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A prospective, randomized, double-blinded placebo-controlled comparison of extended release oxybutynin versus phenazopyridine for the management of postoperative ureteral stent discomfort.

Author(s): Norris RD, Sur RL, Springhart WP, Marguet CG, Mathias BJ, Pietrow PK, Albala DM, Preminger GM

Affiliation(s): Division of Urology, Duke University Medical Center, Durham, North Carolina 27710, USA.

Publication date & source: 2008-05, Urology., 71(5):792-5. Epub 2008 Mar 12.

Publication type: Comparative Study; Randomized Controlled Trial

OBJECTIVES: Ureteral stents commonly cause lower urinary tract and flank discomfort. We evaluated the use of extended release oxybutynin versus phenazopyridine versus placebo for the management of ureteral stent discomfort after ureteroscopy. METHODS: Each of 60 patients who received a unilateral stent after ureteroscopy was given a blister pack containing 21 unmarked capsules of either extended release oxybutynin 10 mg, phenazopyridine 200 mg, or placebo in a prospective, randomized, and double-blinded fashion. Patients were instructed to take 1 capsule 3 times daily immediately after the procedure. Patients were given 50 tablets of oral narcotic to be taken as needed. Patients reported bothersome scores for flank pain, suprapubic pain, urinary frequency, urgency, dysuria, and hematuria on postoperative day 1, day 2, and the day of stent removal. Narcotic use was also recorded. RESULTS: Eight patients were excluded from the analysis for stent migration necessitating early removal (1), uncontrollable pain (1), failure to complete blister pack (4), and inability to contact for follow-up surveys (2). There was no difference in bothersome score among the groups for flank pain, suprapubic pain, urinary frequency, urgency, and dysuria. The phenazopyridine group reported less hematuria on postoperative day 1 when compared with placebo, which was statistically significant. The oxybutynin group required fewer narcotics, but this finding was not statistically significant. CONCLUSIONS: Although this study failed to show a significant difference in bothersome scores among the groups, the small sample size precludes definitive conclusion. Future studies pooling these data will determine the overall treatment effect and the optimal management of ureteral stent morbidity.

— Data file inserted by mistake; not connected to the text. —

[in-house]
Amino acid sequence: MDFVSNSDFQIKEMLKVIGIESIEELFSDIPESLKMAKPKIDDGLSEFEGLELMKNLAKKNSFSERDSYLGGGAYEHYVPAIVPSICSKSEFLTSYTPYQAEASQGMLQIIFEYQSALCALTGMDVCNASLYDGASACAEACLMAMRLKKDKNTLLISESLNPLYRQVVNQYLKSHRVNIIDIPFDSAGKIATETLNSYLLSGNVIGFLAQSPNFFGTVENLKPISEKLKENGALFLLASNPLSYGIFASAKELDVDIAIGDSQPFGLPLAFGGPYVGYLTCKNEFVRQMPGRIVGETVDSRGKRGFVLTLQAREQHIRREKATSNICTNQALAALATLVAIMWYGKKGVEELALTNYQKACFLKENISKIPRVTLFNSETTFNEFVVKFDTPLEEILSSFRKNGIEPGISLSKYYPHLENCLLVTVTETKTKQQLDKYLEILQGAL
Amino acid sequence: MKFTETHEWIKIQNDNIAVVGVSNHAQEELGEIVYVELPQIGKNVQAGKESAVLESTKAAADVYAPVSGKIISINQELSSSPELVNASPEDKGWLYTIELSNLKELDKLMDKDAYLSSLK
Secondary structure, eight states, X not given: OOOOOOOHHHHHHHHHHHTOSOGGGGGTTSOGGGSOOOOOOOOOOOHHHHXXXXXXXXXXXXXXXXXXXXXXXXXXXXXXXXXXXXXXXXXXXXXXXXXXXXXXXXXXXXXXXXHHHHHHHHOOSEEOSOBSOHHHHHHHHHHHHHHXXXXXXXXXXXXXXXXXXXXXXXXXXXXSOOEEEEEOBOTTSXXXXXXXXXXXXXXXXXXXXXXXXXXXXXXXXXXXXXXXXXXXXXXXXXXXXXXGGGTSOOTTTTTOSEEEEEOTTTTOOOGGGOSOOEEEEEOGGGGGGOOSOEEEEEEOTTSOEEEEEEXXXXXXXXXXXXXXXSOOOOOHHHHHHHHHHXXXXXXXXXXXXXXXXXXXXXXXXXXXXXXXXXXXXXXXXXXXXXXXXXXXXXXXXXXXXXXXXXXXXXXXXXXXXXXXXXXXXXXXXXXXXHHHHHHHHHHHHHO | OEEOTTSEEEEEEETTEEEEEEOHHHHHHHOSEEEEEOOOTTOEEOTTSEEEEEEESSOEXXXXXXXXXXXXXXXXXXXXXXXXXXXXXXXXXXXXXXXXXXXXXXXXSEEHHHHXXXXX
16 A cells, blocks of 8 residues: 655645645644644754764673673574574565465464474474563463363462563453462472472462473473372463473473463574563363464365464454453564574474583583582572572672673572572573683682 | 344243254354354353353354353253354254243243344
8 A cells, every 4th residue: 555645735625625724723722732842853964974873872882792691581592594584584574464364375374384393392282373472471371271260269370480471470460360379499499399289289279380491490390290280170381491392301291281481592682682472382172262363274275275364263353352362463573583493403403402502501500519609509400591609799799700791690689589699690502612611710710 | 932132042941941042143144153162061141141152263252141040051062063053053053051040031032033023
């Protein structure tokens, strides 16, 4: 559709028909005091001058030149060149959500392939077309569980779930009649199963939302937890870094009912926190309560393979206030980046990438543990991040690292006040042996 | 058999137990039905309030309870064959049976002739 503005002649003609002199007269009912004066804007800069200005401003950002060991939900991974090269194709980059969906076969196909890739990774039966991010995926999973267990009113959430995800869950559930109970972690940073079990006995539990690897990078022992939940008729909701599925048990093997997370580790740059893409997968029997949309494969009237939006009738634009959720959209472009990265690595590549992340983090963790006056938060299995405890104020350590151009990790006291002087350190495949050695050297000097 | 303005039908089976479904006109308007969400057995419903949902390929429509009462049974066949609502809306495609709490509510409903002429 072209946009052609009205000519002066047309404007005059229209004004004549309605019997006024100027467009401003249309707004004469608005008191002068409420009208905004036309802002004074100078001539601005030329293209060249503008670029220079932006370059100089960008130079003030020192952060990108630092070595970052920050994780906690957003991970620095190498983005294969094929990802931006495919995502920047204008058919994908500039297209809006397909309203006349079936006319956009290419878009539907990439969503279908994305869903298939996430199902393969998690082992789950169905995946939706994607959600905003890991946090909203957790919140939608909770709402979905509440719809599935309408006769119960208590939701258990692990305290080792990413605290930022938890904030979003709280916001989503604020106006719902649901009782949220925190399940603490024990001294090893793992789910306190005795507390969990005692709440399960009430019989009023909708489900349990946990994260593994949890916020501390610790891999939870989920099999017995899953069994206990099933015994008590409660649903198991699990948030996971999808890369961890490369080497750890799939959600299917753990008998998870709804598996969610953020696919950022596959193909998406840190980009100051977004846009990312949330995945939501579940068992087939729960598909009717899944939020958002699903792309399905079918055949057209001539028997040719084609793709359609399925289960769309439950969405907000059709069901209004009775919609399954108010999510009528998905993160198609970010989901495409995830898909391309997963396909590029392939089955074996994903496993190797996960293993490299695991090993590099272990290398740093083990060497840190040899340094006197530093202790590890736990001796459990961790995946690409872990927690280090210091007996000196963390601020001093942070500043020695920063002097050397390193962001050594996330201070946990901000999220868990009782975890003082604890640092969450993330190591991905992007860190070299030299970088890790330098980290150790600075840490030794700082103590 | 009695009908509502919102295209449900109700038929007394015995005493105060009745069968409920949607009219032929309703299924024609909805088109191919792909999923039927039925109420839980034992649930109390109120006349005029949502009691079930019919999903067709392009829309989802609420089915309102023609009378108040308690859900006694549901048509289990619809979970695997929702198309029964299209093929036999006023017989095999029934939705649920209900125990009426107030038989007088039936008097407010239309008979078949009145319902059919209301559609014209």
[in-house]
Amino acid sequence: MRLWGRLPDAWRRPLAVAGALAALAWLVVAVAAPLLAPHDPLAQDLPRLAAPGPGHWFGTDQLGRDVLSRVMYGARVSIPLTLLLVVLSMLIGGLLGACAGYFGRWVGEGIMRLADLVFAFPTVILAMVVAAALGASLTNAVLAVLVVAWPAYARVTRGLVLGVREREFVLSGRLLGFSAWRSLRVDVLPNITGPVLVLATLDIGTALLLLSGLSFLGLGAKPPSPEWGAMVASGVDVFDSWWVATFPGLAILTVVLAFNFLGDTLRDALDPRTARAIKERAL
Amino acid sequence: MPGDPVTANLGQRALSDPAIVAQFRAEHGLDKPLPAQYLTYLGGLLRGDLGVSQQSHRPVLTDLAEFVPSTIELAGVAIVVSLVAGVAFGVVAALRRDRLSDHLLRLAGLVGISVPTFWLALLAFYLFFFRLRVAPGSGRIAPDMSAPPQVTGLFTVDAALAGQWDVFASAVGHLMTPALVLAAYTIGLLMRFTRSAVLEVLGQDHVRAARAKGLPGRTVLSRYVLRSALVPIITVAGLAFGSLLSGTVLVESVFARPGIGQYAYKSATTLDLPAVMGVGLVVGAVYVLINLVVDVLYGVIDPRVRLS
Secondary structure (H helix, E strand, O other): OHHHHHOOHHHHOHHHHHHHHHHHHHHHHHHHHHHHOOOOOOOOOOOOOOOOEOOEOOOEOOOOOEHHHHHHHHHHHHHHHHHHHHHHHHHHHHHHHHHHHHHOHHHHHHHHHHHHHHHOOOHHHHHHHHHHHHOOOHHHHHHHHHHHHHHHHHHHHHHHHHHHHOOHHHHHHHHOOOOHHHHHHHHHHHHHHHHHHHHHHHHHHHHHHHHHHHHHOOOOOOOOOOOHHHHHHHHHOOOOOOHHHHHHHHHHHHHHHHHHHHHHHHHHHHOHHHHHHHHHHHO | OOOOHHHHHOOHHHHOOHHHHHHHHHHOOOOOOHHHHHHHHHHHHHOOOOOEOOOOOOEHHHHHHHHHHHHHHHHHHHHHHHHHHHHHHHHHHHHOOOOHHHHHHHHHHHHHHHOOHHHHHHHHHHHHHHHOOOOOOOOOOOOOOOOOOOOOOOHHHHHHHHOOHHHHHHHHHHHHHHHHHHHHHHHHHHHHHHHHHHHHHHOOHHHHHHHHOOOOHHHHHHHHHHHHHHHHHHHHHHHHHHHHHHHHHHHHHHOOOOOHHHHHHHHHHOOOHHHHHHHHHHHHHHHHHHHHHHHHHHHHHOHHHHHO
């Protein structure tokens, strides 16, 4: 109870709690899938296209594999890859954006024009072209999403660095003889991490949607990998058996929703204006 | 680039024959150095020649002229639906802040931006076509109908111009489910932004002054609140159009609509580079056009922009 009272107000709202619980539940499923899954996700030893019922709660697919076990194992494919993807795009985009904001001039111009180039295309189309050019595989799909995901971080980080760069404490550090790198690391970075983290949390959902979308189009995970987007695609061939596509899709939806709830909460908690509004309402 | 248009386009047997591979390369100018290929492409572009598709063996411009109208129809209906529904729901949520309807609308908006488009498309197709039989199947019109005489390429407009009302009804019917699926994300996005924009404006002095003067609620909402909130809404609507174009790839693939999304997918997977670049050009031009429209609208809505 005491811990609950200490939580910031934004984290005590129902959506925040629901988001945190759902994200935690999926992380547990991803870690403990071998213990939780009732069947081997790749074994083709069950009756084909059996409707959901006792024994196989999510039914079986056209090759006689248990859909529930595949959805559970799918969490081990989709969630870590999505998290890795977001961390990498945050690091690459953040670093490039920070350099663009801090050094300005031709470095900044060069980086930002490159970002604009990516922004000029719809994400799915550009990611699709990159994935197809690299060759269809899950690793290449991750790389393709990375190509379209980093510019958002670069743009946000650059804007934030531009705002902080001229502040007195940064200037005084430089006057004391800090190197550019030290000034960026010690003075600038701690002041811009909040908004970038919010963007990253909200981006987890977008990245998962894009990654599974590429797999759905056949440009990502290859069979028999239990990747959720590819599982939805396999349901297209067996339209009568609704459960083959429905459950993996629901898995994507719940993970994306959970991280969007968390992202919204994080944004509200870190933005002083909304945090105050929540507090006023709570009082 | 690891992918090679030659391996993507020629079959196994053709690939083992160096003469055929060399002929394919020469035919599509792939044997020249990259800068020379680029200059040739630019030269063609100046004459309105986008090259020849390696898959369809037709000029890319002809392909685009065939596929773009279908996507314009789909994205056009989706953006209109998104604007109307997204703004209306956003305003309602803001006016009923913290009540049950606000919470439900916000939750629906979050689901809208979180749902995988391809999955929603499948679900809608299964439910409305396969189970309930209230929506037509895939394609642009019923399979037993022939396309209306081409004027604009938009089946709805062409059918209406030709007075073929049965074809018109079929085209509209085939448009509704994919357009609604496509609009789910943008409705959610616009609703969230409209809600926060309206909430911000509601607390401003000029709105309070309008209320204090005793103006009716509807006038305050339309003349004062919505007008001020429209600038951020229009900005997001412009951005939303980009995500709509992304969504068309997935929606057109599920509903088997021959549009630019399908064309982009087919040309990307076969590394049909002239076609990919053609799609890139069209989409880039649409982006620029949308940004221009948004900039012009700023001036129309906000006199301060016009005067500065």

Page last updated: 2008-06-22

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